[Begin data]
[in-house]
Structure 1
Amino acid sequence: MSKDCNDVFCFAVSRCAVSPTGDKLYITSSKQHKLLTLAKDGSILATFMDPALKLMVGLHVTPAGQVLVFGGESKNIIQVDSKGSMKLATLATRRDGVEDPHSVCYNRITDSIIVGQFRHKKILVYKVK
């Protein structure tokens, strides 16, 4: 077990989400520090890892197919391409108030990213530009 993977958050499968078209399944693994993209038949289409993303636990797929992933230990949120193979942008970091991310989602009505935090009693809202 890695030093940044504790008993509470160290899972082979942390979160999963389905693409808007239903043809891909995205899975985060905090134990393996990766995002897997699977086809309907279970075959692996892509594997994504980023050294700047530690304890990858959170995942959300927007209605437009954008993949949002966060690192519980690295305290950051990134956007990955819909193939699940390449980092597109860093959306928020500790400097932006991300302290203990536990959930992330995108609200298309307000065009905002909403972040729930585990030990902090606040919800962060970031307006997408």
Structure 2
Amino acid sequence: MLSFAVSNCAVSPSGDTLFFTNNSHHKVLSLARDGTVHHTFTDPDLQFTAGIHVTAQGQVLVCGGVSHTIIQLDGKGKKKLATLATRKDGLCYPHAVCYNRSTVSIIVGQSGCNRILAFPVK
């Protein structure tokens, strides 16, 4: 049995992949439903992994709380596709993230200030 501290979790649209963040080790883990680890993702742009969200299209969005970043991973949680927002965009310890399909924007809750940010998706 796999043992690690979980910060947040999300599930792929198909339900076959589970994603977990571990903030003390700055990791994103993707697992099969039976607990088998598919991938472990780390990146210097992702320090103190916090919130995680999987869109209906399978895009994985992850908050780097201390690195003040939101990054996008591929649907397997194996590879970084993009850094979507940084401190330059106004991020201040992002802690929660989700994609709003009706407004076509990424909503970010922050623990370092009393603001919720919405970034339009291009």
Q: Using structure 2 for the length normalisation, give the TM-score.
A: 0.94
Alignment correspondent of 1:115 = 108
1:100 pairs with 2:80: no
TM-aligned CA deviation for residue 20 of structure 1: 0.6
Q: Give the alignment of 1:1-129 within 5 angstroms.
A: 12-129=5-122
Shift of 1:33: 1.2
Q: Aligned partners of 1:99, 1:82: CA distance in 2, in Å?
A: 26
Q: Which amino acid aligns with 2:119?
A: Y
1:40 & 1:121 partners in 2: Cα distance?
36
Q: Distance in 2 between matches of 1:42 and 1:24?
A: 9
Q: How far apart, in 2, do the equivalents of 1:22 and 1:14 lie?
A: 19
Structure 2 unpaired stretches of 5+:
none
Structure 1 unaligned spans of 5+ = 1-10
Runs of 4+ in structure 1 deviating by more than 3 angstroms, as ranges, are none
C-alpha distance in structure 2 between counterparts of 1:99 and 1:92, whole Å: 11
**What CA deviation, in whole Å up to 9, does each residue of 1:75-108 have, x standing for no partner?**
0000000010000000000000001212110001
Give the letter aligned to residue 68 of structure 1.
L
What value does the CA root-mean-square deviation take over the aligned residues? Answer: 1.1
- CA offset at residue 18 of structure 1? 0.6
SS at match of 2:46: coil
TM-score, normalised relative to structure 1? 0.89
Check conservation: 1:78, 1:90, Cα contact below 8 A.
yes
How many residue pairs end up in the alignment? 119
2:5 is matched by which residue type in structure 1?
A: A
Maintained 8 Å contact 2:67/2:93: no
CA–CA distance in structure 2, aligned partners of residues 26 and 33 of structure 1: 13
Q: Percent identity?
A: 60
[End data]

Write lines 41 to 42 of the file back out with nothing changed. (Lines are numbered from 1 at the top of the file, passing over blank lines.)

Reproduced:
How many residue pairs end up in the alignment? 119
2:5 is matched by which residue type in structure 1?